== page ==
Absurdly Driven looks at the world of business with a skeptical eye and a firmly rooted tongue in cheek.
Companies like to make grand statements, at least once in a while.
It makes them feel more than just moneymaking machines.
And there are few more potent moneymaking machines than Google.
It's remarkable how a company whose founders rather disdained advertising suddenly managed to make so many billions out of, well, advertising.
Once a year, though, in line with many other vast corporations, Google likes to issue a Founders' Letter.
This year, it was written by the CEO (and non-founder) Sundar Pichai.
Pichai has rather been left with the mess bequeathed by founders Larry Page and Sergey Brin.
But please don't worry. Everything is fine.
Why, Google even has a new mission.
Pichai explained in his letter that the original mission -- to organize the world's information and make it accessible all over the world -- is still relevant, but not quite the core anymore.
Instead, he said:
Now we are focused on building an even more helpful Google for everyone.
Even more helpful. And for everyone.
It's undoubted that Google's search engine has been the source of so much knowledge and the cause of so much mental laziness over the years.
When you Google something, you get things like facts, the truth and, occasionally, utterly fake nonsense.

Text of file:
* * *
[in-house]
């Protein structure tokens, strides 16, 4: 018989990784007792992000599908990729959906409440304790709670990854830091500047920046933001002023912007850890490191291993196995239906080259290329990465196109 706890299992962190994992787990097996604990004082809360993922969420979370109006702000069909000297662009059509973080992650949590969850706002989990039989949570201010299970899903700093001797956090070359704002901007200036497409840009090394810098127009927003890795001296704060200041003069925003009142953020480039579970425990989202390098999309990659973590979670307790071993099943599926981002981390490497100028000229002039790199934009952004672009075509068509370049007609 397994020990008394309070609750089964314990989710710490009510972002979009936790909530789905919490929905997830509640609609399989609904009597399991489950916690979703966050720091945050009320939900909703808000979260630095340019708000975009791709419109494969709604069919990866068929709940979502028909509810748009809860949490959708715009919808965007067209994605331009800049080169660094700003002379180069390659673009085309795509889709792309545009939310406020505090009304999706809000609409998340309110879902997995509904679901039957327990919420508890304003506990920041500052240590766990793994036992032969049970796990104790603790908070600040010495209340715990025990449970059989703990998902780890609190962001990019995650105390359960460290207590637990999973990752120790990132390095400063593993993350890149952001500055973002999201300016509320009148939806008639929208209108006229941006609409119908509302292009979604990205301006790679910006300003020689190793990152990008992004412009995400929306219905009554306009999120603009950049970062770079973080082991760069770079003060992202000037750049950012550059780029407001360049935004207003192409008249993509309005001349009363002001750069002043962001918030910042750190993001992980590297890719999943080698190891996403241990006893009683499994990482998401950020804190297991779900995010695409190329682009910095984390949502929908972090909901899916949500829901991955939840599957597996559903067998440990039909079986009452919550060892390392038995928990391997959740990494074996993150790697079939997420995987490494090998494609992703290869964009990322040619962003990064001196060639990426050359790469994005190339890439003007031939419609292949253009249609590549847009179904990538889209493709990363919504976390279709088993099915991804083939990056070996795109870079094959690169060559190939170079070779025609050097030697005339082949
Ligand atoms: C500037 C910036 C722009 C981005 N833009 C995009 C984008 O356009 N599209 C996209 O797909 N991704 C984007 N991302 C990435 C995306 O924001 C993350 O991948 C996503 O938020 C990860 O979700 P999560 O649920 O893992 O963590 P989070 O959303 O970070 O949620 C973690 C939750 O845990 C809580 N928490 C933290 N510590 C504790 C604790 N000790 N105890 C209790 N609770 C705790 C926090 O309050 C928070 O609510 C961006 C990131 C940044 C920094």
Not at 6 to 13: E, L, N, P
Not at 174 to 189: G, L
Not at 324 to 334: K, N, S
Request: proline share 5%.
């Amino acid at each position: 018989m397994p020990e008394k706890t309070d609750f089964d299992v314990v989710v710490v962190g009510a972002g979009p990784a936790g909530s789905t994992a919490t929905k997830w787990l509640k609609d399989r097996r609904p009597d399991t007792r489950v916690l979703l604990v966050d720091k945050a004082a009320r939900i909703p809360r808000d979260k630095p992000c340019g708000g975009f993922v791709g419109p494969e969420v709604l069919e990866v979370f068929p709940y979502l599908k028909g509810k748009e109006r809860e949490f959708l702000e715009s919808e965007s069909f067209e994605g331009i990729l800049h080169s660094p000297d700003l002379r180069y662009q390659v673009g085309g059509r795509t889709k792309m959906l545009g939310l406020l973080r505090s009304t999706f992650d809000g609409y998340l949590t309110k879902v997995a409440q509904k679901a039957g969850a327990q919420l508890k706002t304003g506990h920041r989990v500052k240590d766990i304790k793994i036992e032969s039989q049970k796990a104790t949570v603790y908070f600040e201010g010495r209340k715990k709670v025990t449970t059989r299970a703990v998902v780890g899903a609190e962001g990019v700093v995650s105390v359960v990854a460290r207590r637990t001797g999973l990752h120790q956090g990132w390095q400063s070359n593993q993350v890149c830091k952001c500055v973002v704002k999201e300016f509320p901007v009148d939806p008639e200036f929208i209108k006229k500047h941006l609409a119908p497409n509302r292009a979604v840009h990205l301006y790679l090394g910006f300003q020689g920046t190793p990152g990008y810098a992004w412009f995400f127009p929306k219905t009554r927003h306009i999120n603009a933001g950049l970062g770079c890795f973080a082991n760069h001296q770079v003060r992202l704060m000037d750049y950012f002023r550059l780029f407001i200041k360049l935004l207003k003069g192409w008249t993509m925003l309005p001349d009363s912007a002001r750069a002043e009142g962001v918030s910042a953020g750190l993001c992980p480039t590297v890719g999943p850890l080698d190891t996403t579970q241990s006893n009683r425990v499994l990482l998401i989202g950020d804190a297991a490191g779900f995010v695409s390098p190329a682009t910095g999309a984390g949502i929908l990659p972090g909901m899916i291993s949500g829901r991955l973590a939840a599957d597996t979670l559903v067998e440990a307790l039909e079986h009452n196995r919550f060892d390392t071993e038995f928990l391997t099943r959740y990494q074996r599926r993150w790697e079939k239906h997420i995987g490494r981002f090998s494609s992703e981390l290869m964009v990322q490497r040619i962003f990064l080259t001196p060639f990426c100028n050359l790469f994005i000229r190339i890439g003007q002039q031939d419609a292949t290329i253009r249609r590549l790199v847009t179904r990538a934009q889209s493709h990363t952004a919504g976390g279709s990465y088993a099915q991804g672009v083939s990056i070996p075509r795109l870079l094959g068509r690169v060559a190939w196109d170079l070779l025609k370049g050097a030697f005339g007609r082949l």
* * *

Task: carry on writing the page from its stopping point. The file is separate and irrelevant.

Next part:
Google works hard to eschew the last one. Well, it says it does.
Indeed, Pichai admits there's still a lot more to do in order to make the likes of YouTube a safe place for children. Or, indeed, for most adults.
Yet he inadvertently reveals that by making an even more helpful Google for everyone, he's made Google's products even more helpful for precisely those with nefarious intentions.
Those who want to spread bigotry, loathing and political unrest, for example.
While it was organizing the world's information, Google was also allowing anyone and everyone to peddle the sorts of information that many might argue shouldn't have enjoyed such a free peddling.
Google appeared to do little or nothing, while it raked in cash.
The idea that Google is now going to be this astonishingly helpful entity has to be seen in a context in which Pichai himself is pleading for the company not to be broken up.
His argument is that Google must stay big so that it can invent the future. As he told CNN:
Scale does offer many benefits, it's important to understand that. Big companies are what are investing in technologies like AI the most.
Well, yes. Because big companies have raked in so much cash from -- in many cases -- stalking people, invading their privacy and showing no qualms about it.
They can afford to invest because they have so much data to sell.
Does this mean, though, that little companies really can't invent the future? Or do they have to be bought by big companies in order to achieve scale?
It's fascinating how the likes of Facebook and Google manage to buy up smaller competitors -- or, occasionally, simply copy their offerings -- in order to maintain their world power.
I'm sorry, I mean in order to invent the future.
So this sudden turn toward being incredibly helpful feels a touch hollow and self-serving.
It's a sad aspect of life that when people discover who you really are, you make that extra effort to be nice.
Little do you know that it's often too late.